01 July 2008

2011 is coming

The boomer identity: Baby boomers (everyone born in the U.S. between 1946 and 1964) form the largest generation cohort in history. Our impact has already been huge (we produced the baby boomlet, for example) and we will likely live longer than any previous generation. Barring a global disaster that affects longevity, we will work to retirement, retire, and then possibly work some more in ways that will influence the U.S. economy for the next half-century. Our housing and health care decisions will impact not just our own generation but the next one, too, both at the macro (economy and social supports) and micro (family and community) levels. In short, we will expect the next generations to support us, sometimes financially. And in a fashion reminiscent of our own coming-of-age in the 1950s and '60s and '70s, we will be loud and demanding.

2011 is coming: In conversation with a young relative, I asked when we would gather for her high school graduation. She said, "2011" and I exclaimed, "that's the start of boomer retirements—what a year!" And she had no clue as to what I was talking about. Will the first wave of boomer retirements eclipse her milestone of high school graduation? Of course not. But her rite of passage will be part of a very busy year because even though a lot of boomers will not be able to retire in 2011, even a fraction of them taking retirement will make news. 2011 is coming.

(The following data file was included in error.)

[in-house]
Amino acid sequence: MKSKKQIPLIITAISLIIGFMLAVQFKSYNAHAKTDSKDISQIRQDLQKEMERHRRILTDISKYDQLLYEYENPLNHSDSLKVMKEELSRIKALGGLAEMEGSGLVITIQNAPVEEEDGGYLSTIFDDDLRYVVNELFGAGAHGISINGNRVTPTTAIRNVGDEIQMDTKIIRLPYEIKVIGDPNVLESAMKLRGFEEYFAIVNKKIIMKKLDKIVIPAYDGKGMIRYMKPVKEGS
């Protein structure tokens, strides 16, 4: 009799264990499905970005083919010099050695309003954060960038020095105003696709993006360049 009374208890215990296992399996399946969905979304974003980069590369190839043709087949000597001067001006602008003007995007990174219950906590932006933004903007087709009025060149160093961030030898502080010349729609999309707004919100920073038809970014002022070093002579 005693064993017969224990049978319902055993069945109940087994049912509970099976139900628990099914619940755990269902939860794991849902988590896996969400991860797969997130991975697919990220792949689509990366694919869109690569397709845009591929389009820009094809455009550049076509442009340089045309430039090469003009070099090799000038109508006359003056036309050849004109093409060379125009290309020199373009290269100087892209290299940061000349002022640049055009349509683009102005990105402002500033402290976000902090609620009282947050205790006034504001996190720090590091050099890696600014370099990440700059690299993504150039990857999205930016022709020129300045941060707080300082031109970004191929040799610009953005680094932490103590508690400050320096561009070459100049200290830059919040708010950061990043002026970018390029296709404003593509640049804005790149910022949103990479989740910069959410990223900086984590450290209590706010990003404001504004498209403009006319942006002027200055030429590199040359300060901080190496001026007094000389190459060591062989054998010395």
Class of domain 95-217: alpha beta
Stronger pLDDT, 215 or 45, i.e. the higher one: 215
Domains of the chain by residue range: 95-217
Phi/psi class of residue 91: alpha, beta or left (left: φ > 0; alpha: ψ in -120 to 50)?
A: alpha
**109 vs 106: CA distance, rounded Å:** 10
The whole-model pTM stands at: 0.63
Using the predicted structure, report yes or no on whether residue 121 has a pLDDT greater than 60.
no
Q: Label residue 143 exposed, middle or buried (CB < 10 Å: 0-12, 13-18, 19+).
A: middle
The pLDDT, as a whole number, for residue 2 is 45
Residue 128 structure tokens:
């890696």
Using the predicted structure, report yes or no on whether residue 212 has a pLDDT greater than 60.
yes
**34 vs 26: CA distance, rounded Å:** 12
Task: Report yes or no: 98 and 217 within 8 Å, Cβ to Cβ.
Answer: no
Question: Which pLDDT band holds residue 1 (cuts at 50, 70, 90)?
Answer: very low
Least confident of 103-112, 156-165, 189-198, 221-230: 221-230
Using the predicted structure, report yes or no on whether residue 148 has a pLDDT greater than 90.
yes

On a personal note:
Call me Lida. It's a nickname, so if you want to know more about me you'll have to search my professional name, Mary Bold. What you'll find is my identity as a consultant and teacher and author. I work in the fields of higher ed assessment, distance learning, and family studies. The overlap for this column is my academic discipline, family studies. I come to the topic of demographics with an intense interest in how families operate and I take a socio-historical view of all things normative-adaptive. (That's a fancy way of saying that I do not think the family or society is in decline. I consider all changes to be adaptive, and I consider change inevitable.) And I come to the topic of boomer women with intense self-interest. I was 40 years old before I realized that most of my assumptions about health, wealth, and retirement were wrapped up in a "package deal" of spousal benefits. Of course, that package doesn't fit today's realities. I had to replace that generational mindset and look for new ways to navigate middle age and plan for retirement. I am adapting.

~ Lida

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